IOPS: Performance Capacity Planning Explained

In this post, I’ll be discussing how to plan storage performance capacity via IOPS.

Let say as an IT Admin, you’re presented with a storage migration task, or a deployment of additional iSCSI Storage for growing application servers, such as Microsoft Exchange Server or VMware ESX Hypervisor. The question is – how does an IT admin determine the performance needed to handle the newly requested duties? I was recently presented with this task, as a growing divisional office was growing beyond the capabilities of their five-year-old storage system – and they were torn between the RS2211RP+ and the RS3411RPxs. Both offer more than enough capacity for their needs – the question was the performance. Well, after further analysis of their storage needs and usage behavior of everyone in the office – it was determined that all that is required is a RS2211RP+ to meet their needs. In this post – I’ll be covering a discussion about the IOP – which is one of two performance benchmarks in the storage industry.

What are IOPS?
Previously – to measure a storage system performance capability was to measure its throughput, typically by a single computer. Throughput measures the average number of megabytes transferred within a given period of a specific file size. However, using throughput at the scale of larger storage system isn’t accurate enough – as most of the time, when requesting data from a storage server – it’s typically a lot of small read/writes of packets of data and not a single computer conducting a single large file request. Measuring the storage system’s ability of handling numerous small packets of data requests requires a more advanced benchmark, which is the IOPS.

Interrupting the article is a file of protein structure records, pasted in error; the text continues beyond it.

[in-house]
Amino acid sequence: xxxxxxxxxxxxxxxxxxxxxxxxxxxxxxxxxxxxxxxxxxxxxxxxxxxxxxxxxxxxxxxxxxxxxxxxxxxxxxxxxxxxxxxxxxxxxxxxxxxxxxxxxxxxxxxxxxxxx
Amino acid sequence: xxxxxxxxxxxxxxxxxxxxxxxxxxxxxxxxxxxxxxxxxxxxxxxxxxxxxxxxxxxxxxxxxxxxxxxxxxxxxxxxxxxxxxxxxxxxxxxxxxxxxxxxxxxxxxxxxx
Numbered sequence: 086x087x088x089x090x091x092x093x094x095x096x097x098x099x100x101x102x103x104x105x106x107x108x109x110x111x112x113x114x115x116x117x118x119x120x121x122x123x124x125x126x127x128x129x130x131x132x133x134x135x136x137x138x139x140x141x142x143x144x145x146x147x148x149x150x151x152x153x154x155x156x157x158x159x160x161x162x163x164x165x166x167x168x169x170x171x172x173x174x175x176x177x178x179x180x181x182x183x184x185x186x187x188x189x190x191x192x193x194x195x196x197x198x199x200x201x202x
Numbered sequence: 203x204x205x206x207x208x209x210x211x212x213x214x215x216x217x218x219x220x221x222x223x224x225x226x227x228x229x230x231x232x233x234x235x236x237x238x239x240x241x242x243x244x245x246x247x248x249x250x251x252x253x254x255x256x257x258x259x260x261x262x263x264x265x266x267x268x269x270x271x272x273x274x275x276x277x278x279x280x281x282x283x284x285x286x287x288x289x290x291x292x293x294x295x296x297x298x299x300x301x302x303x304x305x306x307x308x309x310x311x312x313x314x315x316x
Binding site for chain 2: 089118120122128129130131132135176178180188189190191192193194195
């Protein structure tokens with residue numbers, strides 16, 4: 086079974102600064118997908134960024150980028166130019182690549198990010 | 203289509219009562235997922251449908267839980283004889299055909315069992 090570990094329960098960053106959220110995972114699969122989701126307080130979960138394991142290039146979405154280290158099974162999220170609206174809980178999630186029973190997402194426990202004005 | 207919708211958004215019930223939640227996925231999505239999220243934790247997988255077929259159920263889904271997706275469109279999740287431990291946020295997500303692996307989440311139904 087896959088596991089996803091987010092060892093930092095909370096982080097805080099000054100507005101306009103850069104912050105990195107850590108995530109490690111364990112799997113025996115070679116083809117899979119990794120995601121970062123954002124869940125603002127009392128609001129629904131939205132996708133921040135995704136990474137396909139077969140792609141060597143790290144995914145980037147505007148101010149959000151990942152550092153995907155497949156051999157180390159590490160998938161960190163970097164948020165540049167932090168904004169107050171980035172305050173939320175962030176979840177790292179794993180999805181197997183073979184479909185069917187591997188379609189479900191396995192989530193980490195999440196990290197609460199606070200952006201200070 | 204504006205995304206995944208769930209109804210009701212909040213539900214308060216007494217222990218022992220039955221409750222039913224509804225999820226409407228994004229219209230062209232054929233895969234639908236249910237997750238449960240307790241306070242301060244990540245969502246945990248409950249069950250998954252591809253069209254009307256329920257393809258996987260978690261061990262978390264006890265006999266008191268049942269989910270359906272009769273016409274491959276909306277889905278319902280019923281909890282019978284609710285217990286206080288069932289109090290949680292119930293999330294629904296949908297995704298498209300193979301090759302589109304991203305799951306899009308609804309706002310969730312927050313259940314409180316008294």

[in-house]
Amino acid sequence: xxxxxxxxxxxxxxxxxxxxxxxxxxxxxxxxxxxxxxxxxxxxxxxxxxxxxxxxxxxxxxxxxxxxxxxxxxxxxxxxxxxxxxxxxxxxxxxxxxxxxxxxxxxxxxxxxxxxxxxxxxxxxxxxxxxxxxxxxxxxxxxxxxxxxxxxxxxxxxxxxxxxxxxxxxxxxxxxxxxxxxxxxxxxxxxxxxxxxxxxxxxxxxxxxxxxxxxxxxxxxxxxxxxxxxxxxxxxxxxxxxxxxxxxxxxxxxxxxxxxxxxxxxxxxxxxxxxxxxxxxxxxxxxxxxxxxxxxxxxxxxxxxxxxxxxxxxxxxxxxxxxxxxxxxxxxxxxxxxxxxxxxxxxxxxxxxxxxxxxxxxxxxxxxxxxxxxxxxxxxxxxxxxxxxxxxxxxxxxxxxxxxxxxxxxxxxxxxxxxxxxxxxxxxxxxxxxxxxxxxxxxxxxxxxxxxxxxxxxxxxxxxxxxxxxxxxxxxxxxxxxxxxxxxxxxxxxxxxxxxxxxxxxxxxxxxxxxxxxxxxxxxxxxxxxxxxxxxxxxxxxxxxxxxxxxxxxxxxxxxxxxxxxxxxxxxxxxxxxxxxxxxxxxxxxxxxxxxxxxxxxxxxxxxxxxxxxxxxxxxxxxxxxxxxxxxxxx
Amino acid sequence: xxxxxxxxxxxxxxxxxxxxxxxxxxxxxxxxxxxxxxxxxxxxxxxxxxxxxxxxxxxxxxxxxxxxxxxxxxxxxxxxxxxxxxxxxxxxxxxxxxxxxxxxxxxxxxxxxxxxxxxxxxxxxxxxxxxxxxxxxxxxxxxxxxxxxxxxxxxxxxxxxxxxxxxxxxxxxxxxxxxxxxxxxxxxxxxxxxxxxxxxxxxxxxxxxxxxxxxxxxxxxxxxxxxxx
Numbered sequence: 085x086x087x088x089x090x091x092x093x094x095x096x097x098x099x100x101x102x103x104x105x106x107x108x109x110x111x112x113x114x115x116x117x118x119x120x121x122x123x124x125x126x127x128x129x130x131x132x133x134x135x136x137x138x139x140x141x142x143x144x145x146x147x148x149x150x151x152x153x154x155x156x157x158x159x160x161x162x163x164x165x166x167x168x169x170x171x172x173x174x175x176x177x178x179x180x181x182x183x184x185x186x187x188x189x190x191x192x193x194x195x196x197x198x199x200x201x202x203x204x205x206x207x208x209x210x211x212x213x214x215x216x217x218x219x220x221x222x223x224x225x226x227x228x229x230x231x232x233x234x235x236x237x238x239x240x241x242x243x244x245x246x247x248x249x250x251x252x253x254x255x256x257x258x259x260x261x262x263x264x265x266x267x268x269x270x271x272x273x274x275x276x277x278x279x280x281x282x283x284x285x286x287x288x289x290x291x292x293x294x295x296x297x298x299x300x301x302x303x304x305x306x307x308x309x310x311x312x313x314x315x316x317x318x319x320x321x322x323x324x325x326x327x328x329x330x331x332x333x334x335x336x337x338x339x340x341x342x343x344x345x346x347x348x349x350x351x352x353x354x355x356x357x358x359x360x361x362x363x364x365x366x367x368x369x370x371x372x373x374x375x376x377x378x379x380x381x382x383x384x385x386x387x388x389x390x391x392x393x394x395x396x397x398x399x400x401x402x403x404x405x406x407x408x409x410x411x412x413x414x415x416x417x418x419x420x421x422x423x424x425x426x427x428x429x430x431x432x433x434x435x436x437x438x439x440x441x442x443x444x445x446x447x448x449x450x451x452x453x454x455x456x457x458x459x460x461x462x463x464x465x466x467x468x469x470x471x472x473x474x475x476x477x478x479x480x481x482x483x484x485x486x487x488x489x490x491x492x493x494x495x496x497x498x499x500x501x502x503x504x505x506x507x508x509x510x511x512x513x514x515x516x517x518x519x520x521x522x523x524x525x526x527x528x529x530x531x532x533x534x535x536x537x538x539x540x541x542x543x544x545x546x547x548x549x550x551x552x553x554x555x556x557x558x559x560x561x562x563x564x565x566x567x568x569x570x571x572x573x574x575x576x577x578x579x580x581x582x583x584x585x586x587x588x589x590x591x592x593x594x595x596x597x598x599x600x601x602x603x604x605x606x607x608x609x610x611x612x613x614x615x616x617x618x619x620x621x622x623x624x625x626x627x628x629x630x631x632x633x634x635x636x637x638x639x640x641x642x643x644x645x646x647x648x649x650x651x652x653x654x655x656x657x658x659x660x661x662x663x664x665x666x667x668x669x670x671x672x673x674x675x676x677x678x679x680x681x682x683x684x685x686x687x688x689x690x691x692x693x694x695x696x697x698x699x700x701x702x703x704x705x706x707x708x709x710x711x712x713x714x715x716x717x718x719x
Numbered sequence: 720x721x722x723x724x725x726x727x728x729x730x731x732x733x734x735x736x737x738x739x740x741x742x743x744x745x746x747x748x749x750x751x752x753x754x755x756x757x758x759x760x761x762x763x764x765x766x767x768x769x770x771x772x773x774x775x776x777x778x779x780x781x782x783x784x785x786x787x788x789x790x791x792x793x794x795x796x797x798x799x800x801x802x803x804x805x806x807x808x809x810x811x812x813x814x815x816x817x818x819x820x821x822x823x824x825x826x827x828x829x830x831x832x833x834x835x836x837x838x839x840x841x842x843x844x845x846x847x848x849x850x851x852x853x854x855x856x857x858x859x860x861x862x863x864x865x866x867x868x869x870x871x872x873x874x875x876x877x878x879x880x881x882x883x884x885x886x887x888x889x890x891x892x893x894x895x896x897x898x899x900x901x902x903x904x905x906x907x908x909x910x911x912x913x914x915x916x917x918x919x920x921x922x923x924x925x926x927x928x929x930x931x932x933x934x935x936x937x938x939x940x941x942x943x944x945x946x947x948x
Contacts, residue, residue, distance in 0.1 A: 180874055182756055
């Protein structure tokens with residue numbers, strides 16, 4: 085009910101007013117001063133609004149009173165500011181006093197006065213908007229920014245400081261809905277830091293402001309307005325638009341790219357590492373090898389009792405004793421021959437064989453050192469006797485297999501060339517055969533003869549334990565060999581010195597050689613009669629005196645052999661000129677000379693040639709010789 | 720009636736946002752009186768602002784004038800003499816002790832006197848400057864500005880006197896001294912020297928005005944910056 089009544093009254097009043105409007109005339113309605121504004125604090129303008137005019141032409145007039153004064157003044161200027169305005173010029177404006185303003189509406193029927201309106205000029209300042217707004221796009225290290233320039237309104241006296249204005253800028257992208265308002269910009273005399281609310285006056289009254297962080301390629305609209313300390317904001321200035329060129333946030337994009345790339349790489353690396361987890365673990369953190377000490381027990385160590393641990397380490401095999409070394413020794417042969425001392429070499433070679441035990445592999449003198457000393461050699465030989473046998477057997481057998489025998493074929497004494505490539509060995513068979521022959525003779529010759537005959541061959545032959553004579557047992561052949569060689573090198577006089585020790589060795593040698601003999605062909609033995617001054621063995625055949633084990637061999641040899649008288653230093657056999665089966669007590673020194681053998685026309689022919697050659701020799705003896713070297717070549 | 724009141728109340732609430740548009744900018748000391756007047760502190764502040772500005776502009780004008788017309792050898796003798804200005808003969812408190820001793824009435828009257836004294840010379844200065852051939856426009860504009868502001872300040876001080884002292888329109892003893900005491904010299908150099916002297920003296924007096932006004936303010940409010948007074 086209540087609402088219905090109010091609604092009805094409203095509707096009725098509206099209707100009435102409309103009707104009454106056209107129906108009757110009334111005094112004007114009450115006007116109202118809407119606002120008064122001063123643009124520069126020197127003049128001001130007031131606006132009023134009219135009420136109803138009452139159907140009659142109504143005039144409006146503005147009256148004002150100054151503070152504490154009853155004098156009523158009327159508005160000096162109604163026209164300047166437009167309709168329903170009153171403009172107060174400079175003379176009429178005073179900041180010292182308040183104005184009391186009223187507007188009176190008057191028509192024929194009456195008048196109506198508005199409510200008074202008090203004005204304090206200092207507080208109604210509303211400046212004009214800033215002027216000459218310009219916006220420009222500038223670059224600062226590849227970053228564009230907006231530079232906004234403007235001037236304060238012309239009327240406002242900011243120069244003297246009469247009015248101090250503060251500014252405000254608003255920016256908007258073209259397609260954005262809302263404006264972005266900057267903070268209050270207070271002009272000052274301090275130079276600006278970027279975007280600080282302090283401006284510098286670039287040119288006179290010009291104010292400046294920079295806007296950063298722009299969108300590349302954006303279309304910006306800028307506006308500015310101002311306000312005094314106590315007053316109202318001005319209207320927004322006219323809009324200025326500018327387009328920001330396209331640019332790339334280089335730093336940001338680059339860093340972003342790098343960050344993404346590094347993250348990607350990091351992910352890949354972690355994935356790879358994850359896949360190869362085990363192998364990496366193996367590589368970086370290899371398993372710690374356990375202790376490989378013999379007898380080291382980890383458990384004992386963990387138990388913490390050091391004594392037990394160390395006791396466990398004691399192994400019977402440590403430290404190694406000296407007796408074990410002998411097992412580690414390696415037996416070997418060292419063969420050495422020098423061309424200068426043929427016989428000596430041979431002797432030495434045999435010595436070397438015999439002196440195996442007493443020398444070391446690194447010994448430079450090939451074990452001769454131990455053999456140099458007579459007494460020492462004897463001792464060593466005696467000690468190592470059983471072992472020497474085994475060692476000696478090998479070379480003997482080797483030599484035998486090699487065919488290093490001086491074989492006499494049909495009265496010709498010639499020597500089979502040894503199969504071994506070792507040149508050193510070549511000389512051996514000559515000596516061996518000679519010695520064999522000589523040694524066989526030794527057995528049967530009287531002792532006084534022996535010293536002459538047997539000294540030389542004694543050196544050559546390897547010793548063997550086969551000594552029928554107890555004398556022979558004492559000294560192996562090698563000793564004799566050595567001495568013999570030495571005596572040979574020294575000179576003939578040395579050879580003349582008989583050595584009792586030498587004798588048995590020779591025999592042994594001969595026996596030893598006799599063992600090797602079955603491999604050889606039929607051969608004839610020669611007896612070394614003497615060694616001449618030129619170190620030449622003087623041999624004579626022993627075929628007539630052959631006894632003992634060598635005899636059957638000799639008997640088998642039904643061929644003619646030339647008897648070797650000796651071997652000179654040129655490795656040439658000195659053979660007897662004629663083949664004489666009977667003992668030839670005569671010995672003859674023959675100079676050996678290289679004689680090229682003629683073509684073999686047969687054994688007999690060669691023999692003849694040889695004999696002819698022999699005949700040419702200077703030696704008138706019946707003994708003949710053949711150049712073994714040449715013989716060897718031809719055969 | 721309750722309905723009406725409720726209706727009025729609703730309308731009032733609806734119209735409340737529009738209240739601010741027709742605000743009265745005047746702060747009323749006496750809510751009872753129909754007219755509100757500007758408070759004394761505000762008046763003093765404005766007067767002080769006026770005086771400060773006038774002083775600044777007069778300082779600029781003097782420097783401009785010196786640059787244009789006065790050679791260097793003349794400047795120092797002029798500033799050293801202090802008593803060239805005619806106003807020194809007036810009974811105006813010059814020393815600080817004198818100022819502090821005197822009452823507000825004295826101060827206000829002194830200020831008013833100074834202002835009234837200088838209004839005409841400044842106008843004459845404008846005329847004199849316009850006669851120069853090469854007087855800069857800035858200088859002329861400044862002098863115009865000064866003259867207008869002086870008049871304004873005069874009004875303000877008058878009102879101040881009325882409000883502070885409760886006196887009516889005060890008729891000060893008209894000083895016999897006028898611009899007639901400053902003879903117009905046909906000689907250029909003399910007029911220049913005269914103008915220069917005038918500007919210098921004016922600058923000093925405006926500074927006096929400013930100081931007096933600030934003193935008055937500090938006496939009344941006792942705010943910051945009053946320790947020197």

IOPS (Input/Output Operations per Second) measure the number of operations per second that a storage system can perform. IOPS offers a different way of measuring activity, as it can be used to simulate multi-user behavior – as the cumulative total of user access is essentially the number of IOPS being requested to the storage array at a given time.

How to determine how many IOPS you need
Here is how IT Admins can determine the IOPS currently used by their current applications, which is the best recommend practice by most solution providers. First, evaluate the current performance usage of what the server is performing over a period of thirty days, such as during the beginning of the business day, mid-day, closing hours, and when backups are occurring. From here, a sampling of data can be generated and help determine how many IOPS an application server is using. Here are a couple of examples below.

Microsoft Windows

View of my Windows workstation, an average of 18 IOPS @ 64K, running multiple office applications, multiple multi-tab browsers, and multiple multimedia applications concurrently.Ref: 1, 2, 3

VMware ESXi

View of a production use VMware Server – note that in the image that the performance of the machine does not show high amount of single throughput (about 11.3MB/Sec Read, 1.6MB/Sec Write) – but high amounts of IOPS being requested.Ref: 4

Estimating IOPS performance needed
Here, is information gathered from various websites, which can help estimate the number of IOPS needed. While this information is useful for providing an estimation, it doesn’t replace conducting an evaluation of the current performance utilization of an application server.

  • Microsoft Exchange 2010 ServerRef: 5